All women have a pool of knowledge, beliefs, and ideas around childbirth that come from a variety of sources. We consciously or subconsciously receive messages from the media, entertainment, our family, friends, and peers, and from the collective memory of the women around us, and those messages influence our own thoughts and feelings about giving birth. Within this pool of knowledge, the fact that childbirth is painful is often at the forefront.

Barriers

Many women express a desire to have a “natural” birth. The definition can vary woman to woman, but often what is meant is an unmedicated, vaginal birth.

A lack of realistic expectations about pain in birth and about the determination required of you to move through labor without pain medication can create a barrier to achieving this desire. As can a lack of knowledge of your own capabilities, a lack of a confident and supportive birth team, a lack of physical and emotional preparation, and a lack of effective coping measures during labor. But those are posts for another day.

So if you’re hoping for an unmedicated birth or if you’re just thinking about it and you’re wondering what to expect in the pain department, read on.

#1 The pain of birth is normal and purposeful. It’s normal because bringing a baby into the world is intensely hard work for your body, along with your mind and heart. It’s hard like running a marathon is hard or like completing a thesis is hard or like facing great uncertainty is hard. But every contraction brings your baby closer, and pain is just a sign that your body is doing that hard work.

#2 The pain of birth is really intense and legitimately one of the hardest things you’ll probably ever do. Though some women experience painless birth, that is not the norm. There will be times when you will want to give up, and that’s totally normal. Overcoming the painful and overwhelmingly difficult parts of labor will require determination, endurance, and courage from you.

#3 The pain of birth is temporary. It may feel overwhelming and never-ending, but taking labor moment by moment instead of thinking about how long it might last can help it feel less so. In the grand scheme of things, the pain of labor is relatively brief. It won’t last forever. You can do anything for five minutes. And then you can do it again.

#4 Your perception of the pain of birth is dramatically influenced by your hormones and emotions. The physical pain of labor is real, but feeling helpless, afraid, unsafe, or stressed can drastically intensify those feelings. Feeling fearful inhibits the helpful hormones of labor and increases pain. Feeling safe, supported, and respected helps your body produce the oxytocin and endorphins that help reduce pain and make labor effective.

#5 Most women will experience parts of labor as not painful. Usually there is a break between contractions that may be uncomfortable but not painful. Those breaks will give you a chance to catch your breath and perhaps rest a little.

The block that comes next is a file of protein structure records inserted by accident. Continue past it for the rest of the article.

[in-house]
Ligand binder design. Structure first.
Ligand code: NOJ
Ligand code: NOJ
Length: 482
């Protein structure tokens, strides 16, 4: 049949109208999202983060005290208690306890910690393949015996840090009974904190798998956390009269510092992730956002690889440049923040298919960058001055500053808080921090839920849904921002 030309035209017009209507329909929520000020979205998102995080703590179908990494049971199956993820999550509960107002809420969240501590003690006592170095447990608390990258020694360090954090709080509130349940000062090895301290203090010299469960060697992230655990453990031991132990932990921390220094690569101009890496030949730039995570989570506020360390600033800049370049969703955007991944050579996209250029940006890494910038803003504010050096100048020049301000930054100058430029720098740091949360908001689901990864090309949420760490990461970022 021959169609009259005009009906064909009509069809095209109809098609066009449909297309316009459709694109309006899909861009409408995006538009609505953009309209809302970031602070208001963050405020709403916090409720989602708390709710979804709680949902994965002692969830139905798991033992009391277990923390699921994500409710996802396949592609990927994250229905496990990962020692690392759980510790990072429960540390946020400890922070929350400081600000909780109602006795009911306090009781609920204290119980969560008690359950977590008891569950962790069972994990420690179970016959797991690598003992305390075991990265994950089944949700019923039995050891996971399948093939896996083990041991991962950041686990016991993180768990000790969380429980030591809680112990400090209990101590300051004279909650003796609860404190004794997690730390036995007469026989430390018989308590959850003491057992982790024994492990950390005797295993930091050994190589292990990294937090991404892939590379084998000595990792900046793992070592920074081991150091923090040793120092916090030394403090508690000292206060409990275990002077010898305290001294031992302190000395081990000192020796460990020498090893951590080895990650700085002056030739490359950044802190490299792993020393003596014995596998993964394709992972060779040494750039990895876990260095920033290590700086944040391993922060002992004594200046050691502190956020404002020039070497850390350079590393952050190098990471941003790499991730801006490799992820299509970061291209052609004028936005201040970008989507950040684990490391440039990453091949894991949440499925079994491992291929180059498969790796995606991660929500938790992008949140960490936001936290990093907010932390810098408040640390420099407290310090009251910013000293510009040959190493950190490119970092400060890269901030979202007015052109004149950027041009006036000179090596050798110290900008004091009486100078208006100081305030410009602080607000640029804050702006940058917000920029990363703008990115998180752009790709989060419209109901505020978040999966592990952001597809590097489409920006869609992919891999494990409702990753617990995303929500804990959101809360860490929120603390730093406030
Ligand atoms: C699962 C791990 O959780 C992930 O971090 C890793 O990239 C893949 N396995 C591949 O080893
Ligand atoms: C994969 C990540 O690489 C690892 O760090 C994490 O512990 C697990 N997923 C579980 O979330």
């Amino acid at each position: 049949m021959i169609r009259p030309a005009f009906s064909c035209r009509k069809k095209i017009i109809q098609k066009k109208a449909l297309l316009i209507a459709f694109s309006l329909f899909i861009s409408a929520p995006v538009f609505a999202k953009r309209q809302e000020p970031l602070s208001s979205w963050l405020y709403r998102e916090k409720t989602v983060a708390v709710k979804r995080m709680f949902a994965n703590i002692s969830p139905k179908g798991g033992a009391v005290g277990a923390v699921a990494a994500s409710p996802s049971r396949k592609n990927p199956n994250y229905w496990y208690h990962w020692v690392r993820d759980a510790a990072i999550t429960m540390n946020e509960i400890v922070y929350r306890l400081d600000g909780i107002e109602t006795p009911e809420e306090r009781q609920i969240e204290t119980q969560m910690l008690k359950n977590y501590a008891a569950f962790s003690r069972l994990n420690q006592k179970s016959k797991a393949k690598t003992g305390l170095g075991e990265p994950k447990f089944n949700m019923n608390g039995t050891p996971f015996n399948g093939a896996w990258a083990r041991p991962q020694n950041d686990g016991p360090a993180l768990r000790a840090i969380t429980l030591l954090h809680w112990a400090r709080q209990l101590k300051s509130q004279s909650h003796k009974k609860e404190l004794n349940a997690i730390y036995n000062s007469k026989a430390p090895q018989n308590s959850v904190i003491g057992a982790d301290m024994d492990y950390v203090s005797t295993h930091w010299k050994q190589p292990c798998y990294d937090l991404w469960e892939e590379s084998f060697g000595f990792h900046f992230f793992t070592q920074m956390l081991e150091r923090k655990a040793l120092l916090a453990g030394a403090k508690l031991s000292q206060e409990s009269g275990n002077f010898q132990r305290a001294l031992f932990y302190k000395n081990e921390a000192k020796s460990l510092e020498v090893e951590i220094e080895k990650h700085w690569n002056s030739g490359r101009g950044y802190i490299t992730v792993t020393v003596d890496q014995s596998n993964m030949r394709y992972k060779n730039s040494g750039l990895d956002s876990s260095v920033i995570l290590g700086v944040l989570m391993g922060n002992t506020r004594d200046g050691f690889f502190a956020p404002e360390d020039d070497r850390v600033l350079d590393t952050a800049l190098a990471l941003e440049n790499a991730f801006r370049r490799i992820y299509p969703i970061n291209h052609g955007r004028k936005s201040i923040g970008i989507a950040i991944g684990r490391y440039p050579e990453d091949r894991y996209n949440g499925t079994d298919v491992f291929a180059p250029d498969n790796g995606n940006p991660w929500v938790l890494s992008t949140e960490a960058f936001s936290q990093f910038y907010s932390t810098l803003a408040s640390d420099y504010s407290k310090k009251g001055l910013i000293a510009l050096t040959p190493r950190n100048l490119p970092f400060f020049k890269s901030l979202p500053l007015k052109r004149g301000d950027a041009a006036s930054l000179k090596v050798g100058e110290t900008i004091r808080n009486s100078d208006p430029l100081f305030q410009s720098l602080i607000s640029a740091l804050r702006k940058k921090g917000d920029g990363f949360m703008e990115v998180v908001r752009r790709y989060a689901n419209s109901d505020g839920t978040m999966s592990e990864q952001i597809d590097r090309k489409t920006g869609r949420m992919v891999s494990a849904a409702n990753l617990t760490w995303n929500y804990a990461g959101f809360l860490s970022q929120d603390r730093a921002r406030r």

Note: There are some factors that can reduce those breaks, such as having a posterior baby or being on synthetic oxytocin. Having back pain in between contractions with a posterior baby is not unusual, but it’s rarely as intense as contractions. Leaning forward over a bed, counter, or exercise ball can help your posterior baby turn and take the pressure of your back.

If you are on synthetic oxytocin (Pitocin) to induce labor or speed it up, your contractions may be longer, stronger, and closer together with little break in between. You may be able to have the Pitocin turned down, and if you want an unmedicated birth, you may want to consider avoiding induction and augmentation altogether if there is no medical indication.

#6 The harder it gets, usually the closer you are to giving birth. When those breaks do start getting shorter or disappearing completely, you are probably getting really close to pushing. During transition (the last phase of active labor and final few centimeters of dilation before pushing) you may feel like you simply can’t do it even if you’ve been coping really well up until that point. You may cry, feel overwhelmed, and be ready to throw in the towel. Be prepared for this. Some women feel the emotions of transition as they go from early labor to active labor as well. This is all a very normal part of the process and can be seen as an encouragement that you are going to meet your baby soon!

#7 Sometimes the pain of birth is unusually difficult. There is such a thing as an unusually painful labor, and there is a difference between pain and suffering. There are times when pharmacological pain management is absolutely the best thing for a mother and helps to facilitate a safe and satisfying birth. It’s ok to want and plan on medical pain relief. And if you were hoping and preparing for an unmedicated birth and end up needing or wanting medical pain relief, it’s ok to be disappointed. It’s also ok to feel happy and at peace with your choice. To face choices and circumstances in birth that you had hoped to avoid takes its own kind of courage and endurance.

I want to hear about your experience! Was the pain of labor what you expected? Let me know in the comments!

Recommended Resources

Pain Medications Preference Scale by Penny SimkinThis tool is great for helping a woman think about her pain medication preferences during labor and communicating about them with her birth team.

Pain Management Series from Evidence Based Birth This podcast series is full of great information about scientific research on various aspects of pain and pain management during labor.